Latex paint refers to water-based paint, the most popular and environmentally friendly paint. Since latex paints provide great color retention, they’re ideal for exterior walls that face a lot of weathering. Latex paints are also a good option for interior walls that are subjected to a lot of moisture, such as bathrooms and laundry rooms. Additionally, latex paints dry faster than oil-based alternatives and produce fewer odors.

It is helpful then to outline your wall with 2 or 3 inches of primer around the edges and frames before priming entirely the wall. Such a technique should help create a professional look by eliminating drips and splatters. A handheld brush is the best choice for this. For the actual primer application, roller paint can provide extra convenience. Spread the primer pain in V or W-shaped strokes. Once the primer has dried, sand down the bumps and wipe the walls down with a damp sponge.
Some basic interior paints are sold in bulk, often in neutral colors such as white or beige. These can be very economical if the home’s color scheme is not a major consideration. However, many homeowners prefer to apply customized colors to match the furnishings or create a specific ambience for each room. Because of advancements in the industry, many manufacturers now offer a dizzying array of colors, from cool pastels to bold metallics.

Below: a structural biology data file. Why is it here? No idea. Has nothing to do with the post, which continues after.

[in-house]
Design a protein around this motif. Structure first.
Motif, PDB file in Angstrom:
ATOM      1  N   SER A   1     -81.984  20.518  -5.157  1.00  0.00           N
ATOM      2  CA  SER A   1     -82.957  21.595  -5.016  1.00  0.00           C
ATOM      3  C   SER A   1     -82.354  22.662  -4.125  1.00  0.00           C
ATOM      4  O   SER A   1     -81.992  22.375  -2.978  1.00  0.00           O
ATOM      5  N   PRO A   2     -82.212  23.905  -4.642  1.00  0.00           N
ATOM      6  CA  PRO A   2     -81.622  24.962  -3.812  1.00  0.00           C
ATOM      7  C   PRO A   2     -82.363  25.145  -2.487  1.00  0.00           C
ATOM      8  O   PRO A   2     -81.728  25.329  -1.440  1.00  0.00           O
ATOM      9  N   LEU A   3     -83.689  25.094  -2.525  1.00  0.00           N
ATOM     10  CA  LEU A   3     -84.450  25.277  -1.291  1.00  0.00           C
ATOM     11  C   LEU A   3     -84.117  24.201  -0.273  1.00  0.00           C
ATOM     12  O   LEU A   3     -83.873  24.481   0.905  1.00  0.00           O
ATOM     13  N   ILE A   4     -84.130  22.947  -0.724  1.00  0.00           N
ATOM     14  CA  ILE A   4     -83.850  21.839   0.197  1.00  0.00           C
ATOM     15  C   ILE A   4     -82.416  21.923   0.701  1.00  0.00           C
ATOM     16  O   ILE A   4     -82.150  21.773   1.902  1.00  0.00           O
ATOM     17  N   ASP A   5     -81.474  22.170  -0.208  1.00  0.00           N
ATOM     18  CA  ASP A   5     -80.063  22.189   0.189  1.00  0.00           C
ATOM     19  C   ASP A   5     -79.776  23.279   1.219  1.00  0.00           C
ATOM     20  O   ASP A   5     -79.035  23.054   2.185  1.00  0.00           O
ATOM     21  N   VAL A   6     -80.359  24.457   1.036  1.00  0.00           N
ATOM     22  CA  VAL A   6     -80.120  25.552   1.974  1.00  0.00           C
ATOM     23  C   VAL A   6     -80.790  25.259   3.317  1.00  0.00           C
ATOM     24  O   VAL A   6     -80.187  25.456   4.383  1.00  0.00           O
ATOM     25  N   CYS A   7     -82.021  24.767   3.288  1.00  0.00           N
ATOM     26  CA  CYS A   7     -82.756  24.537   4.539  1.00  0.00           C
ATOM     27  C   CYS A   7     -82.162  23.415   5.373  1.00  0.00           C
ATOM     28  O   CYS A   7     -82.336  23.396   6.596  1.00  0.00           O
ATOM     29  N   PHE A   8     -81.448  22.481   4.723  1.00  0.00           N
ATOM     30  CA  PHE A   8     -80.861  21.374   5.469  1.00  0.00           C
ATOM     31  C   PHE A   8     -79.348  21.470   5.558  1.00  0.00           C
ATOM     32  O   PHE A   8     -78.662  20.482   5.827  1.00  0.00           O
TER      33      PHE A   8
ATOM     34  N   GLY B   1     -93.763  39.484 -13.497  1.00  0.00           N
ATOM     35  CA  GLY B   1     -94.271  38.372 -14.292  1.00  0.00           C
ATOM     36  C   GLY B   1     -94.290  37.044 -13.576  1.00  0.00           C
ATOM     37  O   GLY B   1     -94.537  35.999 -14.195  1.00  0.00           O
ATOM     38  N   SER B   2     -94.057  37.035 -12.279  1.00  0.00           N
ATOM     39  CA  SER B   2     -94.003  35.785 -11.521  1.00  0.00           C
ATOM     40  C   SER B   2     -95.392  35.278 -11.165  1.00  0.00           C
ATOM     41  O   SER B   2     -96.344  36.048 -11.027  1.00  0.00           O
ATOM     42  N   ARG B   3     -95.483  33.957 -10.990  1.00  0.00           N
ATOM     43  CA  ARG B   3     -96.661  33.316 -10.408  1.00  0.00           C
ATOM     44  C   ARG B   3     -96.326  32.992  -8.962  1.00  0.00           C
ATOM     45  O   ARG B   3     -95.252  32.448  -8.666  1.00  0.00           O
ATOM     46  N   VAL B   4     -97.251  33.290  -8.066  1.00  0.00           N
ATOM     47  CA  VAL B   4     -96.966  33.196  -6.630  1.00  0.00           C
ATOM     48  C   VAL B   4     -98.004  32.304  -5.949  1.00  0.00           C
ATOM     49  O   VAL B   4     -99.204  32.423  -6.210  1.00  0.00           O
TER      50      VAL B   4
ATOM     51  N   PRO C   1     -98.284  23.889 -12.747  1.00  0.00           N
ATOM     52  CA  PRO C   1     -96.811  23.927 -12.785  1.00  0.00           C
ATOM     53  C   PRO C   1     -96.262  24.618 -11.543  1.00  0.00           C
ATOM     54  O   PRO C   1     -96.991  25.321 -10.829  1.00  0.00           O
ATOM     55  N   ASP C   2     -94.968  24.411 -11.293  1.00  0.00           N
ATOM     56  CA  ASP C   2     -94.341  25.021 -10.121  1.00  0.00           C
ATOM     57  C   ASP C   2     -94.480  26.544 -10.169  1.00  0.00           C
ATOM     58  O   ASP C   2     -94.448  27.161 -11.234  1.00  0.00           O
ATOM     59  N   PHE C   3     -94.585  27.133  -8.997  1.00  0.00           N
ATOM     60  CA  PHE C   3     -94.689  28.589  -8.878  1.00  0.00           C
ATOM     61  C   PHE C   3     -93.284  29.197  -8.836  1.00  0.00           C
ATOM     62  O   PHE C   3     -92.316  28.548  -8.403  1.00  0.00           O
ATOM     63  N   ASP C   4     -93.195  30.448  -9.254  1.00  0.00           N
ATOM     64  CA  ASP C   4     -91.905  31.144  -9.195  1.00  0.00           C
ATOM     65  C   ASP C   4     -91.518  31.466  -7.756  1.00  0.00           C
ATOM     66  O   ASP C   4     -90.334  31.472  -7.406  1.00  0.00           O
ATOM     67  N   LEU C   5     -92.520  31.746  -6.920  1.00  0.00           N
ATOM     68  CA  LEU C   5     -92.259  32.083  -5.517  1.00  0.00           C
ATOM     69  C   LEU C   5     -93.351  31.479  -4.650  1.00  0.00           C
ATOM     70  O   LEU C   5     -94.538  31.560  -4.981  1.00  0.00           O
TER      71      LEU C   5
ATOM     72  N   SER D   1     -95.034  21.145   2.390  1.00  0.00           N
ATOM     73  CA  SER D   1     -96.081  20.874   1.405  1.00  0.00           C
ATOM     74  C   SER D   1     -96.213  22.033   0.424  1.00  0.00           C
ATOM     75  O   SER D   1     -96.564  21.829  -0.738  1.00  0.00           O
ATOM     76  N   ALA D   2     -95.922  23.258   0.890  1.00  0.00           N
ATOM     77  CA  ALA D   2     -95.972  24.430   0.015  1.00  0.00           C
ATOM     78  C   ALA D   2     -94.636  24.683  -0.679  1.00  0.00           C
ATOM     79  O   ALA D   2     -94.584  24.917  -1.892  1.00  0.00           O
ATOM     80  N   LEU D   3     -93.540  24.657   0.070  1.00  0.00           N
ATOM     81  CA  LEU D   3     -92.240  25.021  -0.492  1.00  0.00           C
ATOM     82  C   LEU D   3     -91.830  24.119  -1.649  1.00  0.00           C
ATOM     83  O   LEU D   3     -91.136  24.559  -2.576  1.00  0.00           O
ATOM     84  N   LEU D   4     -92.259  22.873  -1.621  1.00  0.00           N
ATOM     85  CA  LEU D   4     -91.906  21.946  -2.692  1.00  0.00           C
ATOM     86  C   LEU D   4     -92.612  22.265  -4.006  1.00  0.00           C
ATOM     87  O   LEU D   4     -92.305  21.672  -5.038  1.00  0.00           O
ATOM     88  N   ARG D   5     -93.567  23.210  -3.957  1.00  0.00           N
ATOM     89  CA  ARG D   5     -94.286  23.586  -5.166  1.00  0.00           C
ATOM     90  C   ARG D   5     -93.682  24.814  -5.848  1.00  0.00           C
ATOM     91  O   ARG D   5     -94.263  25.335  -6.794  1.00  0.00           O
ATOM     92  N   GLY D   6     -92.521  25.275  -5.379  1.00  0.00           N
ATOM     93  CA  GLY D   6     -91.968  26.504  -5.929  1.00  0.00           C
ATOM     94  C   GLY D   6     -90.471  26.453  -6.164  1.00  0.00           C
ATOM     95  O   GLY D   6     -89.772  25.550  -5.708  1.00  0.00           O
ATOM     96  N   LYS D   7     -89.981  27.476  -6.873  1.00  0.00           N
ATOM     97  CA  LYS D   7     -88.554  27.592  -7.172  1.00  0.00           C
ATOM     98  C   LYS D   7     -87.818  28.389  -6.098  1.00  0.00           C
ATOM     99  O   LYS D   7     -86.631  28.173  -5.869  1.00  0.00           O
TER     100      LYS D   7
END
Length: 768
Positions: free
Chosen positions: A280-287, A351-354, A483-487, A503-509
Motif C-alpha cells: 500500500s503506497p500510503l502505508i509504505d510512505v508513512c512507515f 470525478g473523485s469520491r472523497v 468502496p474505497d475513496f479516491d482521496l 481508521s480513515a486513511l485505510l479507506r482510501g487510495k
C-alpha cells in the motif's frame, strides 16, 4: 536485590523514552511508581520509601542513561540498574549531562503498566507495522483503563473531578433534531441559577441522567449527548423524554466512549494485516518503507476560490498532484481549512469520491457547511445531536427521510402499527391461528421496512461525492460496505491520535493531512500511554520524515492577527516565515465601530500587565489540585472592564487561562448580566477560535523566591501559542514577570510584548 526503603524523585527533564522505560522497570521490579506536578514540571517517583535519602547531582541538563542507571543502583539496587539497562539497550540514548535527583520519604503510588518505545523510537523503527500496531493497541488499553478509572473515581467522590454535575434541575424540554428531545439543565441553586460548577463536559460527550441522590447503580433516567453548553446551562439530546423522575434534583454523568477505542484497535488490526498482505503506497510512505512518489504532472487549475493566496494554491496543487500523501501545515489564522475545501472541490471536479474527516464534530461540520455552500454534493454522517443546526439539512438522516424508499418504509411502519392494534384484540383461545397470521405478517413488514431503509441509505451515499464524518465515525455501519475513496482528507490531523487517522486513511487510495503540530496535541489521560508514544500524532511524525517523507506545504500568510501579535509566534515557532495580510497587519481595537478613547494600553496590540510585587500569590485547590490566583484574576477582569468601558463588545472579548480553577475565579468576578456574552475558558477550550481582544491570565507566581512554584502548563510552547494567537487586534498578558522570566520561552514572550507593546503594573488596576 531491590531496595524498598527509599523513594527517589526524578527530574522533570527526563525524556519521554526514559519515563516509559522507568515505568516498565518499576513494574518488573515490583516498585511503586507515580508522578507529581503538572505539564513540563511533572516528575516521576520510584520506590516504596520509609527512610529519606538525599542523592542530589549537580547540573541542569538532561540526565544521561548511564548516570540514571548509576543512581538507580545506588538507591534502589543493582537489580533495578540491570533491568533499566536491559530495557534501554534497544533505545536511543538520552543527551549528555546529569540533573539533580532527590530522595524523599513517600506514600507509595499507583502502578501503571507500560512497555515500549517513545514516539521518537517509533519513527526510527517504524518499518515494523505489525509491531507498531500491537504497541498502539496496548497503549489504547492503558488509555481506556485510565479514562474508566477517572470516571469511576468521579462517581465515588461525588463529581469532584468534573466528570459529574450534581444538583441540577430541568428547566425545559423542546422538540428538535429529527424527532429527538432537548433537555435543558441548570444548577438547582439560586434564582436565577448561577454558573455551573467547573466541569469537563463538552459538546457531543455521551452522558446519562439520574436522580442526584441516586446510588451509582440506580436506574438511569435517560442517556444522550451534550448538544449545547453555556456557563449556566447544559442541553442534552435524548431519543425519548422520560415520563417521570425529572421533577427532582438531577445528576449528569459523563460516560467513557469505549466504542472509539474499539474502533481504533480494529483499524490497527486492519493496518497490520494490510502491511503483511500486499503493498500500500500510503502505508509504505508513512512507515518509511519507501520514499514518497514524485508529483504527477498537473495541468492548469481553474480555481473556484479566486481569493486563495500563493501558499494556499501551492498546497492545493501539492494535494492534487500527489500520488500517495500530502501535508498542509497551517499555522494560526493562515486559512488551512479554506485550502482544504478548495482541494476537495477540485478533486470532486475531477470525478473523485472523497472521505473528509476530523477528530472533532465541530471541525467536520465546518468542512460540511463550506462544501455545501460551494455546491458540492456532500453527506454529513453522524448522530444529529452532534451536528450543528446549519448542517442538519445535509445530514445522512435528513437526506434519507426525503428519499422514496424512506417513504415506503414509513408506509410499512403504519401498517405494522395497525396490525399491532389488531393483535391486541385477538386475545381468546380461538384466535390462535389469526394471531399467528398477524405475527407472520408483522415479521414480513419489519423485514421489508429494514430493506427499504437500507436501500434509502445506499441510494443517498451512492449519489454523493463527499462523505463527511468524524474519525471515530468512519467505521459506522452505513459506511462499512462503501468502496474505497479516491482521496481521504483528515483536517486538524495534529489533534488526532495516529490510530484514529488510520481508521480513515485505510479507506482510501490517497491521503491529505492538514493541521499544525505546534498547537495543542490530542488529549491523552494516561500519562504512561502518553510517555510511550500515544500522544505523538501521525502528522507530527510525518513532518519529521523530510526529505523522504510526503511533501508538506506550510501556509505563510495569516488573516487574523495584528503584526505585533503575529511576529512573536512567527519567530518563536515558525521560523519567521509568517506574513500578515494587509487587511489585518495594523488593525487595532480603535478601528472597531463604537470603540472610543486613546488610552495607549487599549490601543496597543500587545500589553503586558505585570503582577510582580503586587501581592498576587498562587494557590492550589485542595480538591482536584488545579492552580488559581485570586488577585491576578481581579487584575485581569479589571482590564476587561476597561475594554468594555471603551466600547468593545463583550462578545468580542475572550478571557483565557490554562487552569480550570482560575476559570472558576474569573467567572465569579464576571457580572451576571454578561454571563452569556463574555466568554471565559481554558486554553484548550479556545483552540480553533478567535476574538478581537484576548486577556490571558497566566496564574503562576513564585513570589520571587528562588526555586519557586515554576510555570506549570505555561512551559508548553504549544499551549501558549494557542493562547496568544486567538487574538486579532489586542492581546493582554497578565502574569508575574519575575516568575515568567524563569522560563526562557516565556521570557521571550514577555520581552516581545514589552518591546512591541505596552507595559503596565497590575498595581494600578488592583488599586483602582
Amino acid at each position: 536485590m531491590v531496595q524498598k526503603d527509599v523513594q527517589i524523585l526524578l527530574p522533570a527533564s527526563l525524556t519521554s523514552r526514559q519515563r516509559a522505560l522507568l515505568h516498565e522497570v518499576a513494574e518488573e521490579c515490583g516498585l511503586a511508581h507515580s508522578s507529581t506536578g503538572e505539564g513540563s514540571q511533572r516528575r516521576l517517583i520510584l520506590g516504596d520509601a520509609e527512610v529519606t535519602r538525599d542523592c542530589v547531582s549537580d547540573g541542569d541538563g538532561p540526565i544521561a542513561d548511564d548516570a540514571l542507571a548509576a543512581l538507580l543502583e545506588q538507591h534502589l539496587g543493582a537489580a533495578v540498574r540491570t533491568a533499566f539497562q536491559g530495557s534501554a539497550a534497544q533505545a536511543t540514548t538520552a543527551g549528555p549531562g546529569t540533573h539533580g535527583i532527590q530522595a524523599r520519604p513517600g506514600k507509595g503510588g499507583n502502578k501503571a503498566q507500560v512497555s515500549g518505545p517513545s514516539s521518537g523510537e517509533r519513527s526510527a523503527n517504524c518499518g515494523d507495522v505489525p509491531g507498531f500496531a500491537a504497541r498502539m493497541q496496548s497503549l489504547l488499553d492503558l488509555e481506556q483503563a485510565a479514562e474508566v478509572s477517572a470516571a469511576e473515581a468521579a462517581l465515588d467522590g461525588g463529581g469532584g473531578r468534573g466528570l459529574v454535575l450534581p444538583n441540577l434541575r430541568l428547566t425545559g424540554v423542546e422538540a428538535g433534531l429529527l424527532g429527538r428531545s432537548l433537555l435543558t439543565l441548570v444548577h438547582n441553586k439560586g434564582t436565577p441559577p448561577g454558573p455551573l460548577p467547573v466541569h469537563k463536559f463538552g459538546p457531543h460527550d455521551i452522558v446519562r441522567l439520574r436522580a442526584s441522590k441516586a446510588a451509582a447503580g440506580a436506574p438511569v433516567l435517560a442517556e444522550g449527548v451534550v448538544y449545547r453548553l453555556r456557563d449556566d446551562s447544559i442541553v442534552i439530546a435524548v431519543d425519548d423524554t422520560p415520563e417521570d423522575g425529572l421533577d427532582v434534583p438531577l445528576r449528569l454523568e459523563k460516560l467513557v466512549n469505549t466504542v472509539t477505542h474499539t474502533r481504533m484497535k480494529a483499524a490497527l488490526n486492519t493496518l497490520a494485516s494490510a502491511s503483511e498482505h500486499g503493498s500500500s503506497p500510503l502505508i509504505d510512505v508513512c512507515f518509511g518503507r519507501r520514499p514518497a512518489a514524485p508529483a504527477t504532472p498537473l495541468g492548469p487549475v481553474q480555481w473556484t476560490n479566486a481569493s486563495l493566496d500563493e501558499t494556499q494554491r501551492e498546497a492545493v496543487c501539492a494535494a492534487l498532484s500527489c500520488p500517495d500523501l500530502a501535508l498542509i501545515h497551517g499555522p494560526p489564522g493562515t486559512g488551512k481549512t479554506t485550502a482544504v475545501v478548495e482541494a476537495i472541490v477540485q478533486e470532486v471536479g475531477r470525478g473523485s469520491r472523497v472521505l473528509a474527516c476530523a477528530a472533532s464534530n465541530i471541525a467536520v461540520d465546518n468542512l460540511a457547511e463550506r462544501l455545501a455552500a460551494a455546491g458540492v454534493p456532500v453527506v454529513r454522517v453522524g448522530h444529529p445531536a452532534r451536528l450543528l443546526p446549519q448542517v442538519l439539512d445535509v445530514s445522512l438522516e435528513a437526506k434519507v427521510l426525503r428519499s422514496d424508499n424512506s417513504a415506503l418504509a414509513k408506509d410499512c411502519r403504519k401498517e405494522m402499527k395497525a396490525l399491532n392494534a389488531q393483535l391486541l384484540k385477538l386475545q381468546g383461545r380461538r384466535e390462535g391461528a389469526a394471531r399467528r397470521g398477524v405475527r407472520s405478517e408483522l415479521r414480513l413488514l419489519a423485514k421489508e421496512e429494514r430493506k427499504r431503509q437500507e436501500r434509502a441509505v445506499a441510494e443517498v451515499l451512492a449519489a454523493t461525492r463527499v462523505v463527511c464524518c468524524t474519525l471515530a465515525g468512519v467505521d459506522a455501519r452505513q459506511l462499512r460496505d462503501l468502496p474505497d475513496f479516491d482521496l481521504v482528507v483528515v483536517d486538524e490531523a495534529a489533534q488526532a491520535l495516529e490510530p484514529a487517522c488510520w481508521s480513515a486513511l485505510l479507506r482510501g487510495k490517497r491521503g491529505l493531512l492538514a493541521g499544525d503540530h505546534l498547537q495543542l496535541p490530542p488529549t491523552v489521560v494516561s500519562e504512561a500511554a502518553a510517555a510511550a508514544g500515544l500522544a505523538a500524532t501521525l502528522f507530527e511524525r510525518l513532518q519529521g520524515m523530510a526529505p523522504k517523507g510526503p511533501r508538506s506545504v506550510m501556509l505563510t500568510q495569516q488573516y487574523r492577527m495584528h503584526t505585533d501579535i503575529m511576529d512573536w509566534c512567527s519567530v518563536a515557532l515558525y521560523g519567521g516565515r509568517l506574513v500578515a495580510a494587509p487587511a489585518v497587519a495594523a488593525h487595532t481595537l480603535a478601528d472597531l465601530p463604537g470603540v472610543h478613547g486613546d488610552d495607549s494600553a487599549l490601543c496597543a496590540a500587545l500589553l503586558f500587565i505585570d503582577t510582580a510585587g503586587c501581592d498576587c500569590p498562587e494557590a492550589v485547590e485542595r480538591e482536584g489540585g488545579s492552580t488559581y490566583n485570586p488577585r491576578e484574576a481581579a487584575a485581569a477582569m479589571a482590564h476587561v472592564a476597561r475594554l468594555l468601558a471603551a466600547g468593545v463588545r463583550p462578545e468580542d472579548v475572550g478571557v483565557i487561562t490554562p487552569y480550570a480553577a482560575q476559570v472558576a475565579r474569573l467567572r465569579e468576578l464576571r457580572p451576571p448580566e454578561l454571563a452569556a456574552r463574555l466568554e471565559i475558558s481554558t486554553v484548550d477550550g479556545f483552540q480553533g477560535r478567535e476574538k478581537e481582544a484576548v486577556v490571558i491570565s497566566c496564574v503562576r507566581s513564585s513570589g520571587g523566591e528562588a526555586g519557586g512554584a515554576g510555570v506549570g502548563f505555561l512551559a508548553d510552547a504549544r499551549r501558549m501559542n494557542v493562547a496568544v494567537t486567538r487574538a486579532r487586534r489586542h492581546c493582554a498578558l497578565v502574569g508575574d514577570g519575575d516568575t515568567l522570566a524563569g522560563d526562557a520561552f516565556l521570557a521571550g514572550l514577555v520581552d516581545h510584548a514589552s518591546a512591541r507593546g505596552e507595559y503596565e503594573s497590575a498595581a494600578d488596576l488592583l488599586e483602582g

Prep work should include removing all loose paint, either with a pressure washer or by scraping; removing any trace of mildew using bleach and water or a commercial solution, and sealing or covering dark stains; caulking all seams, corners and around windows or trim; applying epoxy filler to repair serious woodwork problems; covering dark stains; sanding all rough surfaces, and priming the bare wood with a bonding primer.